It all seems simple. If you’re selling teddy bears then your target audience should be parents. Anyone in business however, can tell you that identifying and reaching an audience isn’t nearly so simple.

Instead, the process is a complex combination of intense engrossment, analytical skills, tons of research/resources and limitless creativity. Those teddy bears you’re selling? Sure, some parents will buy them but how do you find those particular parents or rather, how do they find you? And why only parents? Aren’t teddy bears also a popular ‘sweethearts’ or Get Well Soon gift?

Seasoned marketing professionals understand that for every product and service, there are a myriad of potential consumers and an even larger variety of mediums to capture a customer’s business. The challenge lies in selecting the right audience(s), choosing the right mediums and creating the perfect campaign.

Much of what we know about reaching consumers is already online. To choose your audience, you should think about who needs what you’re selling and then, to engage that audience, you should immerse yourself in their social networks and create strategic partnerships with well-known brands. The steps and strategies are well known and most of the time, they are adhered to.

Sometimes though, marketing teams lose sight of perhaps the most principle factor in audience engagement. Relatability. Consider for example, the “Hotness Comes in all Sizes” campaign released by Levi’s a few years back. The jean brand decided to create a line of clothing specifically meant to target ‘curvy’ body types but when the ads were released, they very notably lacked any depiction of curvy women, instead offering up an array of size 2 models. The campaign of course wound up drawing intense criticism, much of which came directly from the audience they were hoping to capture. Quite simply, Levi’s failed to relate to their audience and as a result, failed to capture their business.

In another classic marketing gaffe, Huggies diapers released a well-intentioned but ultimately insulting campaign that portrayed dads as incompetent when facing simple parenting tasks, like changing diapers. Though statistics show that mothers are the primary baby-supply consumers, Huggies may have failed to remember one thing. Moms are only one half of the parenting equation and an upset dad can easily change a family’s brand allegiance.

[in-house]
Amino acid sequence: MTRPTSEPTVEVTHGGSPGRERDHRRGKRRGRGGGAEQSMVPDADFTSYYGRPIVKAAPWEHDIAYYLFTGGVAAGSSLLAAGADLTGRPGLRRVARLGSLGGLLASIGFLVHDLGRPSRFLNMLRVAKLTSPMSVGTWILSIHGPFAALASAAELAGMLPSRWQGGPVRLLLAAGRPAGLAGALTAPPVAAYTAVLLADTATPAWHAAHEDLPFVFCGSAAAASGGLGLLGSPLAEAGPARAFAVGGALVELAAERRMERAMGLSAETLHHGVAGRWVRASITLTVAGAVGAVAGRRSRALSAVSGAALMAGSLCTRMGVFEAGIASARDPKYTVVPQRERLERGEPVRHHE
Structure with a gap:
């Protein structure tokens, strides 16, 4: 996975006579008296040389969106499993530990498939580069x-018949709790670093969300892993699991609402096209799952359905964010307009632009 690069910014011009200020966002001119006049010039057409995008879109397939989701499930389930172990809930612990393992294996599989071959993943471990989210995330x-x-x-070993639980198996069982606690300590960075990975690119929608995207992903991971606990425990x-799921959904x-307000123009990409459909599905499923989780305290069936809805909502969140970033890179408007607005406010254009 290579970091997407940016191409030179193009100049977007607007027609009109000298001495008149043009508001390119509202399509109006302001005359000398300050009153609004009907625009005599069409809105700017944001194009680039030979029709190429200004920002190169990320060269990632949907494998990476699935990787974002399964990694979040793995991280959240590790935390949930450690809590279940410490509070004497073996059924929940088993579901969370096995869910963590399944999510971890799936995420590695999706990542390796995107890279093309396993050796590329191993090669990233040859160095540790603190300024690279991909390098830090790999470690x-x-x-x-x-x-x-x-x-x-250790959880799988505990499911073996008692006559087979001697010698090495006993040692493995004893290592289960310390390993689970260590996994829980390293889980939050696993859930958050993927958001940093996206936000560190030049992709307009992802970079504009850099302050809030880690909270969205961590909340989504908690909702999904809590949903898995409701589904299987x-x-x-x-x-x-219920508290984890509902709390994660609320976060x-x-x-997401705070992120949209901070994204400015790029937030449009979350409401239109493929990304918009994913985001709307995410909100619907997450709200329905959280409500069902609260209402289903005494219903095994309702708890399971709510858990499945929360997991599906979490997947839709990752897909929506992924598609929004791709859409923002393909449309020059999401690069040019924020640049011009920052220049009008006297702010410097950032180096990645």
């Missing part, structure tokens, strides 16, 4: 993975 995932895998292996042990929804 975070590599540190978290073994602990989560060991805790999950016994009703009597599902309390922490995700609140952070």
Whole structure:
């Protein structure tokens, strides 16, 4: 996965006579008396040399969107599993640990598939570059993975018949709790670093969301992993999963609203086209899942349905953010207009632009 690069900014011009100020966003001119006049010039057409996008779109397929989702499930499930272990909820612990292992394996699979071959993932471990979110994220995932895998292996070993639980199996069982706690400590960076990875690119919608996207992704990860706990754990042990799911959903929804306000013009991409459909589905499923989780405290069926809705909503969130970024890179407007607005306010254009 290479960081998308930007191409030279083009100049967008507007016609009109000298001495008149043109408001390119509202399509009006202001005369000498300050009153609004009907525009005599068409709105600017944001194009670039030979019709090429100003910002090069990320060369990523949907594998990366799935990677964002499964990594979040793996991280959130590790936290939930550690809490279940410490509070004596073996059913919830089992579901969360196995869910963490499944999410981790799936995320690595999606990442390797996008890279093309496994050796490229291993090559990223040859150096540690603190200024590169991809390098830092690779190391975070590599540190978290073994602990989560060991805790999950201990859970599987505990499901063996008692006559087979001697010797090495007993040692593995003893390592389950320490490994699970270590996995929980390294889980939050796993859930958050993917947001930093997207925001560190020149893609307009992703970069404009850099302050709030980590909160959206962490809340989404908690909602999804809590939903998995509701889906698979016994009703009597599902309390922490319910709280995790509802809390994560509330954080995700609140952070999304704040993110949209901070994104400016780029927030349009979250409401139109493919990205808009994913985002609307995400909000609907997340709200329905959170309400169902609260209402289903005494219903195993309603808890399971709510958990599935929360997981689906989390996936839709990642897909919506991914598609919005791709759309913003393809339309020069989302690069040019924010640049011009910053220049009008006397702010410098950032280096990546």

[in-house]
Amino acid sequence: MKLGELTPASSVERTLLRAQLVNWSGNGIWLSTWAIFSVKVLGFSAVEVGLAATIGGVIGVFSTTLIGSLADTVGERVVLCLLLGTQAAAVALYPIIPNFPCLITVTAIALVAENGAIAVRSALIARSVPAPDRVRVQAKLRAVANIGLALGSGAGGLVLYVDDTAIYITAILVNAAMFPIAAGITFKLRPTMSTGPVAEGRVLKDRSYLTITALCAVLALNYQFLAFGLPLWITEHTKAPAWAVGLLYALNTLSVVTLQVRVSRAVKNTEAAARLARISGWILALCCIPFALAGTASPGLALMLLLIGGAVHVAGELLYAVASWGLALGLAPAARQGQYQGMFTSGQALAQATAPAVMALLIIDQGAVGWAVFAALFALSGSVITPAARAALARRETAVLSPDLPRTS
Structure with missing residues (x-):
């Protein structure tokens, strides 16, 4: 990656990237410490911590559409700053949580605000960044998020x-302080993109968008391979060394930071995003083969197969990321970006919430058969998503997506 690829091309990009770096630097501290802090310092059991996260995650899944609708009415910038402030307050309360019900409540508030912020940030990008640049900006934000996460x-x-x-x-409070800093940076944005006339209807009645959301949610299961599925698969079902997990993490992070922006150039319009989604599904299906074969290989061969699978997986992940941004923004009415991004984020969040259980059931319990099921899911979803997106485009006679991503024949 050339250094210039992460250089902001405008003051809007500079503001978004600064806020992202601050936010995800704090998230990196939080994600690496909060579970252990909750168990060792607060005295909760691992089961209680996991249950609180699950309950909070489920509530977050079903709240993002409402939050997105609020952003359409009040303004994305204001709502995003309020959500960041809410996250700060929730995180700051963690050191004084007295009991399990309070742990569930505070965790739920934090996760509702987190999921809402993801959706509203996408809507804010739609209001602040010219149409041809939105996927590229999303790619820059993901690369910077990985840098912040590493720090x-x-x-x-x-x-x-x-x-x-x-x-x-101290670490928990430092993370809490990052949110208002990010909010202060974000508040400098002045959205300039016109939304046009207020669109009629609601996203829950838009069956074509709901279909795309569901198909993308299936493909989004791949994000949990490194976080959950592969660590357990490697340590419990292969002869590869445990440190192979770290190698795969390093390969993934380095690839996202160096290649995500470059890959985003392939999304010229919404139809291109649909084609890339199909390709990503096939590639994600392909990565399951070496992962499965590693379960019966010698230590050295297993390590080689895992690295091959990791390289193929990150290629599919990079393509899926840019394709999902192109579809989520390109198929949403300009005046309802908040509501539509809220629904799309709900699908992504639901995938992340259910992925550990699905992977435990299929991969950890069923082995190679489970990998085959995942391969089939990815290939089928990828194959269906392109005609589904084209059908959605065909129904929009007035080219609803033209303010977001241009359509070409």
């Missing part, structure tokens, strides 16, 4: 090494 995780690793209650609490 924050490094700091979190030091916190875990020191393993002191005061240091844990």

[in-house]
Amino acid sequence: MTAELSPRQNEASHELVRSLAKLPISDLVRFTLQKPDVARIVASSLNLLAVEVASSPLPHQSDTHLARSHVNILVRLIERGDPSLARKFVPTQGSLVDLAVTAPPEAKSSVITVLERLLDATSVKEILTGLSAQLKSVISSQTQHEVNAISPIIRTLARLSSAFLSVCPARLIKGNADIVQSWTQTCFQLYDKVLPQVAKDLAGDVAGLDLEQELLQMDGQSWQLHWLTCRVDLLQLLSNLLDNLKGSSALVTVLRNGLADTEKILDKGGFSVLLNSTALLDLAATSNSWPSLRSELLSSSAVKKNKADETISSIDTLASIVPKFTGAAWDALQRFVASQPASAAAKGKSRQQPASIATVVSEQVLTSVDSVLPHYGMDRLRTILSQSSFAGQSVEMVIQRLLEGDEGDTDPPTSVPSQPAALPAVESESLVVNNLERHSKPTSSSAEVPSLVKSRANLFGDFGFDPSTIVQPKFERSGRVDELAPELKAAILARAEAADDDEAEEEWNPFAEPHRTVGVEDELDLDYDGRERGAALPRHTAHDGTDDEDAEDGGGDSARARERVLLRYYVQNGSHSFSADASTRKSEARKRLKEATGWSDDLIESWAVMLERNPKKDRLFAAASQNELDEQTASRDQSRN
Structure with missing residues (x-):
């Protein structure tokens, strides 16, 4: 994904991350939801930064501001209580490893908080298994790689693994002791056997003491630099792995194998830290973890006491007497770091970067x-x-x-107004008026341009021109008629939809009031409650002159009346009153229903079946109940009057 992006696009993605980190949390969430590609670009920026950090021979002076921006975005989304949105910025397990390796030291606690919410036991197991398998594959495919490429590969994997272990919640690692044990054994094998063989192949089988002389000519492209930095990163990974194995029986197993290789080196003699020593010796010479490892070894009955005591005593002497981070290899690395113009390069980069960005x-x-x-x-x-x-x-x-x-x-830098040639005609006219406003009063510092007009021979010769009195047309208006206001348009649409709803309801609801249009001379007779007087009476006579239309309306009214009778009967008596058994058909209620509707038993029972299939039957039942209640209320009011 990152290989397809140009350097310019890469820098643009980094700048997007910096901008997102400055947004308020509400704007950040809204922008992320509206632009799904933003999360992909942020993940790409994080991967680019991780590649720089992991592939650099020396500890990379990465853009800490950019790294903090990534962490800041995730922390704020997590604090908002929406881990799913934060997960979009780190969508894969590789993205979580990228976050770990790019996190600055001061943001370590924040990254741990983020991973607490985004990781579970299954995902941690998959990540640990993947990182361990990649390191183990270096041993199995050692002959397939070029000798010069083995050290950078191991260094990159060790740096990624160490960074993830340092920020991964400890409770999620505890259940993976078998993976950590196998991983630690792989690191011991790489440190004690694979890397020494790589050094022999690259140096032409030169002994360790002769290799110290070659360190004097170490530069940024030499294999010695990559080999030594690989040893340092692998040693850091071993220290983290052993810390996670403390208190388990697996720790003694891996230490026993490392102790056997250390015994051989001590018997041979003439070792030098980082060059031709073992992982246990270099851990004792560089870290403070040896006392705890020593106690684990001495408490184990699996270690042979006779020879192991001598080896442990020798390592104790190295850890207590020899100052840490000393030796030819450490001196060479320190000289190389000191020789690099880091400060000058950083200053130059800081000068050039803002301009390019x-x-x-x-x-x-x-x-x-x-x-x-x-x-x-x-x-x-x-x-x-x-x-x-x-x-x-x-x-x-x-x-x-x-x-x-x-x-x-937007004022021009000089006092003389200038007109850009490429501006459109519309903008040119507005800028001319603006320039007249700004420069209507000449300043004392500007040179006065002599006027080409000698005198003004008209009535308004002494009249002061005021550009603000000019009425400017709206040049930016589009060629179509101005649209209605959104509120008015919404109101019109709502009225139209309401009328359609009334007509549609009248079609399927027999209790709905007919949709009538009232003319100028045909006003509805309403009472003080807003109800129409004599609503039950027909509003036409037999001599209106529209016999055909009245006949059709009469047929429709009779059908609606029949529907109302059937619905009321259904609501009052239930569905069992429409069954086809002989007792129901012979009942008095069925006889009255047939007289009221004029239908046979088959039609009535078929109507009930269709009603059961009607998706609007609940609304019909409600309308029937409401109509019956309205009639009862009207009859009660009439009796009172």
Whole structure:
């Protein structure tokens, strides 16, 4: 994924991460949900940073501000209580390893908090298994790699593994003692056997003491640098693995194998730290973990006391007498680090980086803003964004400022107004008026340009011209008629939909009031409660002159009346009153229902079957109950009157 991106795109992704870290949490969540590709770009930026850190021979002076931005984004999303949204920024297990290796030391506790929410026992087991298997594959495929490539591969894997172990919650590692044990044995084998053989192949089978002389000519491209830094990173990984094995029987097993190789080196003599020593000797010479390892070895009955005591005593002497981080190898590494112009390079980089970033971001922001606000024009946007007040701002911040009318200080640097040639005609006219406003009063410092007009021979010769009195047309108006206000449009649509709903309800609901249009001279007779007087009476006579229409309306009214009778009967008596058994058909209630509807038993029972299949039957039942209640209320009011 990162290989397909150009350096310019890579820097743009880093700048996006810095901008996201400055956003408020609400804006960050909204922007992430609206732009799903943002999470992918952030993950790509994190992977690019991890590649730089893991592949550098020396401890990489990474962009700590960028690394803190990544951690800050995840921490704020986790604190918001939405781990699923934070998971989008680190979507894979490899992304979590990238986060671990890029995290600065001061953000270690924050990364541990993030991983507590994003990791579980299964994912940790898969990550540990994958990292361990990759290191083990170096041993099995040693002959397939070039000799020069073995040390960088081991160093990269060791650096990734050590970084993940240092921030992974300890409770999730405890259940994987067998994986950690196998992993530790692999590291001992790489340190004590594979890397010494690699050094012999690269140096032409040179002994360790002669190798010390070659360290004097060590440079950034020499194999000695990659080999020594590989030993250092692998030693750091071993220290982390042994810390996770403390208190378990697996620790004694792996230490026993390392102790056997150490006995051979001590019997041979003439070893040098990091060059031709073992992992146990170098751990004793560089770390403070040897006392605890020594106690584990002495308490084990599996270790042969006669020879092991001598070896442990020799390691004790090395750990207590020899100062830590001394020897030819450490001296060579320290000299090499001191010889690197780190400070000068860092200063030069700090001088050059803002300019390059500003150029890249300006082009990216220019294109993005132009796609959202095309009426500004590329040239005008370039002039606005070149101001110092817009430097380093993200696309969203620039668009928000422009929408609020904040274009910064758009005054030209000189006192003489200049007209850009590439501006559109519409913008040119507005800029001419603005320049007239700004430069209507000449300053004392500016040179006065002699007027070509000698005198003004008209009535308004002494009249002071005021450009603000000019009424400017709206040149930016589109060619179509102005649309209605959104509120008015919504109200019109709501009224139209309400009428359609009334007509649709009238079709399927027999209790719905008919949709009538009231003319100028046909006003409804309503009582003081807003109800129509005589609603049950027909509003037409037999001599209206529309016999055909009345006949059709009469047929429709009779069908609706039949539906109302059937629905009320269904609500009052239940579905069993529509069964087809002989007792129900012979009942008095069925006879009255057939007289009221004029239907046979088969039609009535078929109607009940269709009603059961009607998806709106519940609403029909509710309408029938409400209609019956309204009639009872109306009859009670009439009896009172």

In both situations, the marketing teams failed to consider the feelings and thoughts of their target audience. Of course, not all marketing fails will lead to so intense a backlash and insulting the customer rather than attracting them should be a supremely rare phenomenon. Still, failing to relate to your desired audience is a sure-fire way to lose money, effort and brand relevancy.

Who is your target audience? Are you truly getting through to them or are your efforts in vain? Children will not be interested in a black & white photo book no matter how amazing the imagery, just like teenagers won’t be choosing organic kale juice over sugary soda anytime soon.

Everyday we’re surrounded by marketing that is less than what it could be. An ad on the train that makes you scratch your head, a television commercial for something you should want but is portrayed entirely wrong. We’ve all seen them.

And then, there are the good ones. A one-liner that makes you laugh, or a restaurant’s website that seduces you with stunning photos. Those are the winning campaigns, because they’ve done their job by creating something you-their target audience- can connect with and relate to.

To connect with someone, you must first relate or empathize with them. Keeping this knowledge at the forefront of your marketing strategy is the first and arguably most important step in connecting with and engaging your intended audience.